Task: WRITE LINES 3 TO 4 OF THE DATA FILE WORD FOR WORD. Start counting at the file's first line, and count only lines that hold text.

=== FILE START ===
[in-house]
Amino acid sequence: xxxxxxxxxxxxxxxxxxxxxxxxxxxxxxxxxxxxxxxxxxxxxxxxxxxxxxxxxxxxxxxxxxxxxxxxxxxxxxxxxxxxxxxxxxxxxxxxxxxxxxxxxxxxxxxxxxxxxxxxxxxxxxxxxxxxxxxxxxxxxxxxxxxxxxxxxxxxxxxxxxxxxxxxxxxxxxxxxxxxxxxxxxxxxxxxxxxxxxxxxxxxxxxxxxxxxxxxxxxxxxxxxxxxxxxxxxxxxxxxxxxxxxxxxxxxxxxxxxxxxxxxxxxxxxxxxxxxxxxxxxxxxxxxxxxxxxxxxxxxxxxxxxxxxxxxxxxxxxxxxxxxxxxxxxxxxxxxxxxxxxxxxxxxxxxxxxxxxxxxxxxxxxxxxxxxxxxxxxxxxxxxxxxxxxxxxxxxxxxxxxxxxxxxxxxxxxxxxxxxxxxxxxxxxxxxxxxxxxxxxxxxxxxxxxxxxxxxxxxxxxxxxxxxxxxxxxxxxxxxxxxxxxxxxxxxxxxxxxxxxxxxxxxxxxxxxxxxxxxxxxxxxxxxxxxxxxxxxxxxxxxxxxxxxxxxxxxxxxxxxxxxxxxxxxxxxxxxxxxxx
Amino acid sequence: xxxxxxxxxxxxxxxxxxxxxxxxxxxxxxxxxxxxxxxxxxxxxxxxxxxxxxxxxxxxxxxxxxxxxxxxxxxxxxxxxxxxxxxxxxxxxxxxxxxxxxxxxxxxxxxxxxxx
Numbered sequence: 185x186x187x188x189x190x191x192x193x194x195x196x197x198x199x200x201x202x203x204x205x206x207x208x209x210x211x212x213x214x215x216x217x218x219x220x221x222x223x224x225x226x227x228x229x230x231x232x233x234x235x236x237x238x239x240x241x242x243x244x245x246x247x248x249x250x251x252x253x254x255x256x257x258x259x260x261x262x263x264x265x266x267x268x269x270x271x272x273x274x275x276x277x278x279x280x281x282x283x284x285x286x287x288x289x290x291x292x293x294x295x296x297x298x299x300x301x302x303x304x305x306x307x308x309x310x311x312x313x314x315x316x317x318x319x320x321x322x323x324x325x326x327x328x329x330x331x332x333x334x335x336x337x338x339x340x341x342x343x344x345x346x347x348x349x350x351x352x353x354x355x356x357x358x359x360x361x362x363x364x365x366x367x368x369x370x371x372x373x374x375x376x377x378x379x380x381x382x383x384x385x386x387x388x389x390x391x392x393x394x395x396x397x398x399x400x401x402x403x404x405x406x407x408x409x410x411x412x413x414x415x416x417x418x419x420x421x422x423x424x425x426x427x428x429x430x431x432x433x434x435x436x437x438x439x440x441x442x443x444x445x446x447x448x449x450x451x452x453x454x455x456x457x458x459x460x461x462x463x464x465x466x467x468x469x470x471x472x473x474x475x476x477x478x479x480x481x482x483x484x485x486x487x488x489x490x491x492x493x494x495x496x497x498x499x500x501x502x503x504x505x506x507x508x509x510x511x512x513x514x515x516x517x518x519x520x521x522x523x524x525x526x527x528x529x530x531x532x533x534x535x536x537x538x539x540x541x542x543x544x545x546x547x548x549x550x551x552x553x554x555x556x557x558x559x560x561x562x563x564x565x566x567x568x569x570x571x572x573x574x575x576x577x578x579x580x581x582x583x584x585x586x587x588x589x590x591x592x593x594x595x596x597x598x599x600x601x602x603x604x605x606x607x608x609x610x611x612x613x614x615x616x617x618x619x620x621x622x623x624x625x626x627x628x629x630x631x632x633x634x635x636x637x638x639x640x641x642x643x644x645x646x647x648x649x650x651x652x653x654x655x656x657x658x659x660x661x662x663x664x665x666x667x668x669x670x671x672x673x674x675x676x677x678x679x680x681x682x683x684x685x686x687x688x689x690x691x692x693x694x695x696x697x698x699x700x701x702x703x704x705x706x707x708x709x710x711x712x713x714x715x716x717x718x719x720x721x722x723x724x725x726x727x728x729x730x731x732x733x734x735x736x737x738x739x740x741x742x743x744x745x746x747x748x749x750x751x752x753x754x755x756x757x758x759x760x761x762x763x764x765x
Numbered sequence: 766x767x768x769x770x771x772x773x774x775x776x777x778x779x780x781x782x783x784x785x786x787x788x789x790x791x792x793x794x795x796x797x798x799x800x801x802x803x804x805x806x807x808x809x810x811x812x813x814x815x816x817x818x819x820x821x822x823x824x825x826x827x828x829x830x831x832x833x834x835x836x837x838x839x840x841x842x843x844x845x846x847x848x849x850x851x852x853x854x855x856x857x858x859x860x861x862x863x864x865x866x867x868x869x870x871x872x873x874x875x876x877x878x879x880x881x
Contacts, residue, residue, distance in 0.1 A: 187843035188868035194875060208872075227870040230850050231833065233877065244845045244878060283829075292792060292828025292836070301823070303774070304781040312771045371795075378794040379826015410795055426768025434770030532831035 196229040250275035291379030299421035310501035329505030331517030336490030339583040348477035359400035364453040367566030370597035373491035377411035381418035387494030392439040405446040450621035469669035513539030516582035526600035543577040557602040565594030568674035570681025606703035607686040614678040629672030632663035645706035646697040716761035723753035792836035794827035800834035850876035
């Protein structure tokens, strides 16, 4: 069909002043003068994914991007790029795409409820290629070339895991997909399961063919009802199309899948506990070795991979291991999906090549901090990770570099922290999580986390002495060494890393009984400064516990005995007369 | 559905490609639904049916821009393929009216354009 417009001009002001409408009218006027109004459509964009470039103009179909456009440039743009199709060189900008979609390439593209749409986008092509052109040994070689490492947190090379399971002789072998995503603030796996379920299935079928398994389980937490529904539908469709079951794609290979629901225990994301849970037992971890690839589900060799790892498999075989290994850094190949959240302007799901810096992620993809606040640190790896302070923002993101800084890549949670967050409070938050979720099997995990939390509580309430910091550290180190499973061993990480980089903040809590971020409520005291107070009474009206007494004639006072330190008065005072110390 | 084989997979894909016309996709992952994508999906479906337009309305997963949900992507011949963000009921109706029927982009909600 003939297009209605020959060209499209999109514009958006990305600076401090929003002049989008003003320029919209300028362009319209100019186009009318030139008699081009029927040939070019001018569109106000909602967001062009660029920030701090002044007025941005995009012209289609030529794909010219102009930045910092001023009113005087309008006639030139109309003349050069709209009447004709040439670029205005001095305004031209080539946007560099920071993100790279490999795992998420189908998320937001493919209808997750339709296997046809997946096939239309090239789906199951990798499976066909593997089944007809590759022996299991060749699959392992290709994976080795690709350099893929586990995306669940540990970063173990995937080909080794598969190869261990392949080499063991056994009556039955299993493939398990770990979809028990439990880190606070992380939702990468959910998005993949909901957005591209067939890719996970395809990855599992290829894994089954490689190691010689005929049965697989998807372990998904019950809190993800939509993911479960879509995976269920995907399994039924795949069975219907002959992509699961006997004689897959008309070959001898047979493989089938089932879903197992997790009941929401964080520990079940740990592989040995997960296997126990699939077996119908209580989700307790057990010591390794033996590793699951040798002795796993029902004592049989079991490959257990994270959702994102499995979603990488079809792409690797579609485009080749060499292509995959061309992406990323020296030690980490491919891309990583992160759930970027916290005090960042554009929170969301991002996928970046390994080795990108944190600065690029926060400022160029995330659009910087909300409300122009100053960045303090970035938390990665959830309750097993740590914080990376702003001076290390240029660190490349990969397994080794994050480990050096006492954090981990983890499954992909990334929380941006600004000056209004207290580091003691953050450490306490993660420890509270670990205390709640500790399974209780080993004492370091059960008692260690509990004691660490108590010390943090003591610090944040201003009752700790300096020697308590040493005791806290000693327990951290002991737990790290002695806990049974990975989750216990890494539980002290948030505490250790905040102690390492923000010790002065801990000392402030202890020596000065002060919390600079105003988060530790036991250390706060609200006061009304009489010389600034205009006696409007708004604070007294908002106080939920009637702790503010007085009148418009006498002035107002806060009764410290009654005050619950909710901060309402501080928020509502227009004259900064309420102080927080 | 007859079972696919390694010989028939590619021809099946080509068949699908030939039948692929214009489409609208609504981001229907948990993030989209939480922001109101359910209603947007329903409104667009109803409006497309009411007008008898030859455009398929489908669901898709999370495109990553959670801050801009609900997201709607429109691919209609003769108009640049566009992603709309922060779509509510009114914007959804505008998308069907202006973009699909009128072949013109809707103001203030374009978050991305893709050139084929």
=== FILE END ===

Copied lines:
Amino acid sequence: xxxxxxxxxxxxxxxxxxxxxxxxxxxxxxxxxxxxxxxxxxxxxxxxxxxxxxxxxxxxxxxxxxxxxxxxxxxxxxxxxxxxxxxxxxxxxxxxxxxxxxxxxxxxxxxxxxxx
Numbered sequence: 185x186x187x188x189x190x191x192x193x194x195x196x197x198x199x200x201x202x203x204x205x206x207x208x209x210x211x212x213x214x215x216x217x218x219x220x221x222x223x224x225x226x227x228x229x230x231x232x233x234x235x236x237x238x239x240x241x242x243x244x245x246x247x248x249x250x251x252x253x254x255x256x257x258x259x260x261x262x263x264x265x266x267x268x269x270x271x272x273x274x275x276x277x278x279x280x281x282x283x284x285x286x287x288x289x290x291x292x293x294x295x296x297x298x299x300x301x302x303x304x305x306x307x308x309x310x311x312x313x314x315x316x317x318x319x320x321x322x323x324x325x326x327x328x329x330x331x332x333x334x335x336x337x338x339x340x341x342x343x344x345x346x347x348x349x350x351x352x353x354x355x356x357x358x359x360x361x362x363x364x365x366x367x368x369x370x371x372x373x374x375x376x377x378x379x380x381x382x383x384x385x386x387x388x389x390x391x392x393x394x395x396x397x398x399x400x401x402x403x404x405x406x407x408x409x410x411x412x413x414x415x416x417x418x419x420x421x422x423x424x425x426x427x428x429x430x431x432x433x434x435x436x437x438x439x440x441x442x443x444x445x446x447x448x449x450x451x452x453x454x455x456x457x458x459x460x461x462x463x464x465x466x467x468x469x470x471x472x473x474x475x476x477x478x479x480x481x482x483x484x485x486x487x488x489x490x491x492x493x494x495x496x497x498x499x500x501x502x503x504x505x506x507x508x509x510x511x512x513x514x515x516x517x518x519x520x521x522x523x524x525x526x527x528x529x530x531x532x533x534x535x536x537x538x539x540x541x542x543x544x545x546x547x548x549x550x551x552x553x554x555x556x557x558x559x560x561x562x563x564x565x566x567x568x569x570x571x572x573x574x575x576x577x578x579x580x581x582x583x584x585x586x587x588x589x590x591x592x593x594x595x596x597x598x599x600x601x602x603x604x605x606x607x608x609x610x611x612x613x614x615x616x617x618x619x620x621x622x623x624x625x626x627x628x629x630x631x632x633x634x635x636x637x638x639x640x641x642x643x644x645x646x647x648x649x650x651x652x653x654x655x656x657x658x659x660x661x662x663x664x665x666x667x668x669x670x671x672x673x674x675x676x677x678x679x680x681x682x683x684x685x686x687x688x689x690x691x692x693x694x695x696x697x698x699x700x701x702x703x704x705x706x707x708x709x710x711x712x713x714x715x716x717x718x719x720x721x722x723x724x725x726x727x728x729x730x731x732x733x734x735x736x737x738x739x740x741x742x743x744x745x746x747x748x749x750x751x752x753x754x755x756x757x758x759x760x761x762x763x764x765x